The Webcomic Watchman

Monday, February 11, 2008

Review #38: Wake Up and Smell the Coffee!

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The mob boss with a heart of gold.

Name: Coffee Time
Creators: John Kratky (writer) & Tobias Kaschinski (artist)
Genre: Comedy/one-shot gag (Volume 1), Drama! (Volume 2)
Updates: Monday/Wednesday

"Dr. Haus?" The receptionist boy knocked on the door to my office, expecting a sign of life from beyond that solid block of wood yet receiving none. He somehow escaped that crazy man from the mountain like I did, but then tried to enter my office. Couldn't he understand I was busy trying to inject some antibiotics into a patient?

"Dr. Haus?" Came the cry again, followed by more knocking at the door. Couldn't he see that there was nothing he could say until I was finished with this patient?

"Dr. Haus? I have your coffee!" With those words, I ran to the door and ignored the whining of the man in whose left arm I had forgotten to remove the hypodermic needle. As I opened the door, the receptionist boy indeed carried a steaming double mocha from a coffee shop that wasn't pretentious enough to rename its cup sizes "grande" or "venti." Feeling that awesome elixir of life slipping down my throat, I finally felt energized and ready to face the day while my brain began to uncurl.

In my excitement, I went back to my patient and ripped the needle out of his arm. For some reason, he didn't seem to feel grateful that I had cured his illness as I wrapped part of his upper left arm tightly in gauze to stop the bleeding.

Awright, awright, Dr. Haus trying to get back into the reviewing groove that he once had awhile back. Let's see if we can't get a new review done through a haze of painkillers.

It's a bit difficult to review this one, because it's broken up into two volumes. The first volume obviously showcases when the creators of Coffee Time were just dicking around with their ideas. The second volume takes a much more serious and edgy turn. So I'll try to sum up both as best as I can.

The first volume sets up the cast of characters, including

  • Steph, the Nice Girl
  • Cypress, the Bad Girl
  • Vince, the self-styled mobster with a big heart.
  • Tom, the Nice Guy(TM) with the baseball cap.
  • Eddie, the badass with a cool car and a knit cap.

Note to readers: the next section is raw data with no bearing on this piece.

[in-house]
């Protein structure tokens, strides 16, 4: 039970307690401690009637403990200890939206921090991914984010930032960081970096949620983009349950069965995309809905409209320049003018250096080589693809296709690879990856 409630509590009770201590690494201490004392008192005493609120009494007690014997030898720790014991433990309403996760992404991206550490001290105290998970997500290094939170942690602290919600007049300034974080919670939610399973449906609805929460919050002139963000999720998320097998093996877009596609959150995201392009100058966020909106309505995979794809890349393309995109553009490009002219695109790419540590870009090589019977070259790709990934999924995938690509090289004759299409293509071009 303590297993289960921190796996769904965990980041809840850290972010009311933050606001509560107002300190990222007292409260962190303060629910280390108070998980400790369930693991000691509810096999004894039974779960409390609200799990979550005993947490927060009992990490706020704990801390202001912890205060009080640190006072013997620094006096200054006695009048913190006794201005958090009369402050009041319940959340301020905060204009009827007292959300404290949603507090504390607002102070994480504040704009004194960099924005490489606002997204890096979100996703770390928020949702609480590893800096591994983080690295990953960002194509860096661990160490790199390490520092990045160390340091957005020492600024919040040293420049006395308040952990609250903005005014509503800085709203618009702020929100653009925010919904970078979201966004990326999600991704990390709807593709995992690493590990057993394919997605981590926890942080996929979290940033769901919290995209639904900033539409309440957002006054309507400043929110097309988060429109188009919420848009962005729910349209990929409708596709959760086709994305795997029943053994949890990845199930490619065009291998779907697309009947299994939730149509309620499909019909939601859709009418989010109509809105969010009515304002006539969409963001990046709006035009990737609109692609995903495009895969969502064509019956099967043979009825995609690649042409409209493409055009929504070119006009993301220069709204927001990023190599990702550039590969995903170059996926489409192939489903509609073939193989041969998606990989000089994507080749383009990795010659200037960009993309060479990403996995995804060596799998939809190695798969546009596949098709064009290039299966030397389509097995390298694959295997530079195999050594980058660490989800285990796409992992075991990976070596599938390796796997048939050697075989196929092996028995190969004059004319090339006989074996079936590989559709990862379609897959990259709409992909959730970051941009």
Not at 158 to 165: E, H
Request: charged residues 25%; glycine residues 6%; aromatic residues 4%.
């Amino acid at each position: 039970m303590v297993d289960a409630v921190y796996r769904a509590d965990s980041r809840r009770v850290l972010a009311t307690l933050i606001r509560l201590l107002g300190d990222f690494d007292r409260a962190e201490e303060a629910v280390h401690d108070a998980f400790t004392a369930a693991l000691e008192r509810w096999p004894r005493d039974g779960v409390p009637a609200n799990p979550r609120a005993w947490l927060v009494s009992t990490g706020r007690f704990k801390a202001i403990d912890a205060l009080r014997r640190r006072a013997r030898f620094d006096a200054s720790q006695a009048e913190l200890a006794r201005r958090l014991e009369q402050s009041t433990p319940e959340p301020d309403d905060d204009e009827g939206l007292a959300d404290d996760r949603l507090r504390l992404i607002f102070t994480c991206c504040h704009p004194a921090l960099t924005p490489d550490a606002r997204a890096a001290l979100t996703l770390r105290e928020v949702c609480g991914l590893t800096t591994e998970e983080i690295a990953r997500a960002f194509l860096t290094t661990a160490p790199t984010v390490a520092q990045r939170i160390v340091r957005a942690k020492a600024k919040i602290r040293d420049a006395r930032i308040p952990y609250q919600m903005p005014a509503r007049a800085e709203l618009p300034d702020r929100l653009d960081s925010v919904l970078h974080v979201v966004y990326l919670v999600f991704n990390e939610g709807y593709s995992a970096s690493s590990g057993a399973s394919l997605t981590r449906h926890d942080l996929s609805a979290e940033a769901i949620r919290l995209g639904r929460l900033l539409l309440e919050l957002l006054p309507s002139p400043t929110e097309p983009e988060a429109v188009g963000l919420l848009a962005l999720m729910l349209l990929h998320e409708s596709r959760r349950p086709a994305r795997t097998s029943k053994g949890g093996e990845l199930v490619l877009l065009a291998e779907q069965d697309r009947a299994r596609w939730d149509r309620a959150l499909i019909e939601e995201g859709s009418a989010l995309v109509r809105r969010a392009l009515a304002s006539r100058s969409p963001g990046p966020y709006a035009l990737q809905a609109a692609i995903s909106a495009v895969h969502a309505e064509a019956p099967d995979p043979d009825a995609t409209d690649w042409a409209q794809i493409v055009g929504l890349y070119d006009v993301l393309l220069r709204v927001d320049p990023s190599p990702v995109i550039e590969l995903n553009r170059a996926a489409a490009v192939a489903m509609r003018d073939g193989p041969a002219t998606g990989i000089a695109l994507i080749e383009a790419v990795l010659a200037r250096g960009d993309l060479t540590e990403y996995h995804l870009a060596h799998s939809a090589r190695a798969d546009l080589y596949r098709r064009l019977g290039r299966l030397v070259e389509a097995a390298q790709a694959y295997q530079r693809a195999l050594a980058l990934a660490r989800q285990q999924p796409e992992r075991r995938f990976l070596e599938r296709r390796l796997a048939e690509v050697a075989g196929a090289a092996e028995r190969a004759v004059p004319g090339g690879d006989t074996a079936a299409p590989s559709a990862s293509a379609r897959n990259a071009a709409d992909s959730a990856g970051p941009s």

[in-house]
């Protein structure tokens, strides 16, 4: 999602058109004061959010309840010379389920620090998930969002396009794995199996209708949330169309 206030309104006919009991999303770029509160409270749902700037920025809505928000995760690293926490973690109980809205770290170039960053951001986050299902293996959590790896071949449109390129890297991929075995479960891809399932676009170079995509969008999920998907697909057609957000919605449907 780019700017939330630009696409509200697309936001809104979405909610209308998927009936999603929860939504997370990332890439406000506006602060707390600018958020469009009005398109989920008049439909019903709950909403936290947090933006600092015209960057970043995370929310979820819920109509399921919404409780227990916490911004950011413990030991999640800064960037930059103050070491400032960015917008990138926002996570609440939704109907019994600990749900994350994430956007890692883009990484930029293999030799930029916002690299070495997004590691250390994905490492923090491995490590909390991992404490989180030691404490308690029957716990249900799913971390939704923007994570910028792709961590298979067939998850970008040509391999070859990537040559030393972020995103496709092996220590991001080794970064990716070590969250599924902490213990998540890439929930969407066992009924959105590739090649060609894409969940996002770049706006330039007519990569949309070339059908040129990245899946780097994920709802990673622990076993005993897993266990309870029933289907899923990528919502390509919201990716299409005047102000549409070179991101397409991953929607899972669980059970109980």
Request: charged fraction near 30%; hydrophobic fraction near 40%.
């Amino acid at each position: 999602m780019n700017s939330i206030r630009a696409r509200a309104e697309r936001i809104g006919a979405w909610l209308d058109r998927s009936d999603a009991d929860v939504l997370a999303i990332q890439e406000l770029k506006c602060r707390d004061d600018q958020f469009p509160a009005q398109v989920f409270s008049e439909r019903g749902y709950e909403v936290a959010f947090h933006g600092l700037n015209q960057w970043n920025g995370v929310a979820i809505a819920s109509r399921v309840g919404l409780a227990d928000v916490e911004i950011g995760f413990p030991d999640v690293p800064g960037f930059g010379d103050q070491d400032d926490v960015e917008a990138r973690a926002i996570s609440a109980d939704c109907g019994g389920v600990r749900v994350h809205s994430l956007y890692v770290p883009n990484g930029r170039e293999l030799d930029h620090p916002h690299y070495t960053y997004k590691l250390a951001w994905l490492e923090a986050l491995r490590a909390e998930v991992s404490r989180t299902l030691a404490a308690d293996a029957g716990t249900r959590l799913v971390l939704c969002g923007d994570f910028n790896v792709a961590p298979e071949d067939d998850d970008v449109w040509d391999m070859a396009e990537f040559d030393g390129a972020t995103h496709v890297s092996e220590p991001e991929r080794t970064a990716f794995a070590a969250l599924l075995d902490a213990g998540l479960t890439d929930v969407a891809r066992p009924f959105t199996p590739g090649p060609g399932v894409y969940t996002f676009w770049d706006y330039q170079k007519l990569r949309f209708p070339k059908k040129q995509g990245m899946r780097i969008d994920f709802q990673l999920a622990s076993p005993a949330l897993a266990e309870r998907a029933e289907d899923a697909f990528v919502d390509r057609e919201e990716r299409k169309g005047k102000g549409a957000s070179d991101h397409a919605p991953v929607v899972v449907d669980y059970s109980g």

• The Angry Ashkenazi (my name, not theirs), a young Jewish wrestler (with stylish yarmulke and matching headgear) named Eugene.
  • Karate teacher and prideful Japanese guy Tanaka.

Is it really that easy to sum up? Yes, for the first volume the characters mostly play their type in three/four-part gags. The artwork is workable if a bit sloppy with the characters and too much unused background space, and the jokes kinda meander in their own zones as the various character types play across each other. All of them (except Eugene and Tanaka) work at the coffee shop called "Coffee Time" while some anarchist pastiche of Willie Nelson looks on.

Things pick up later in the volume two, but whether for the better or worse is questionable. Like NJ Huff of Emergency Exit and "Mookie" of Dominic Deegan, the creative minds behind Coffee Time seemed to tire of simple gags and decided to try something more story-oriented. And how do they kick it off? With a horrible car crash during a race with badass Eddie in the car and Cypress ending up in the hospital to mark the end of volume one.

It only gets more angsty and dramatic from there: Tom has mommy issues and nets a girlfriend who turns out to be a devout Christian. Eddie keeps blaming himself for Cypress being in the hospital and having bad dreams about the race. The Angry Ashkenazi decides to try training in martial arts under Master Tanaka, probably to justify keeping him around in the story. And there's also a developing plot about a bookstore with a not-Starbucks threatening to suck away business from the Coffee Time shop that most of the aforementioned cast works at.

Personally, I found this comic interesting because I found myself identifying with a few of the characters in the strip in volume 2. From Eugene's determination to master karate to Eddie's questioning his values in the wake of a car crash, I've actually known some people with these same traits in my life. On the artistry side, the artwork gets a little more creative without using a generic manga or American style. This style seems to shine a lot more during brief action or exaggerated emotional scenes, but it does show quite a lot of progress on the artist's part.

So in the end, is this a good comic or a bad comic? The cartoons start out as cardboard caricatures and slowly get some depth written into them, the artwork is a lot better in the current strips, and I find myself empathizing with a few of the current characters. It doesn't try to be anything too expansive or complicated, nor does it take itself too pretentiously. For those of you who want me to pigeonhole it into a category, I'll sweep it towards the crop of "good" comics.

But I reserve the right to sweep it back into the "bad" pile if the characters don't continue growing out of their two-dimensional selves.


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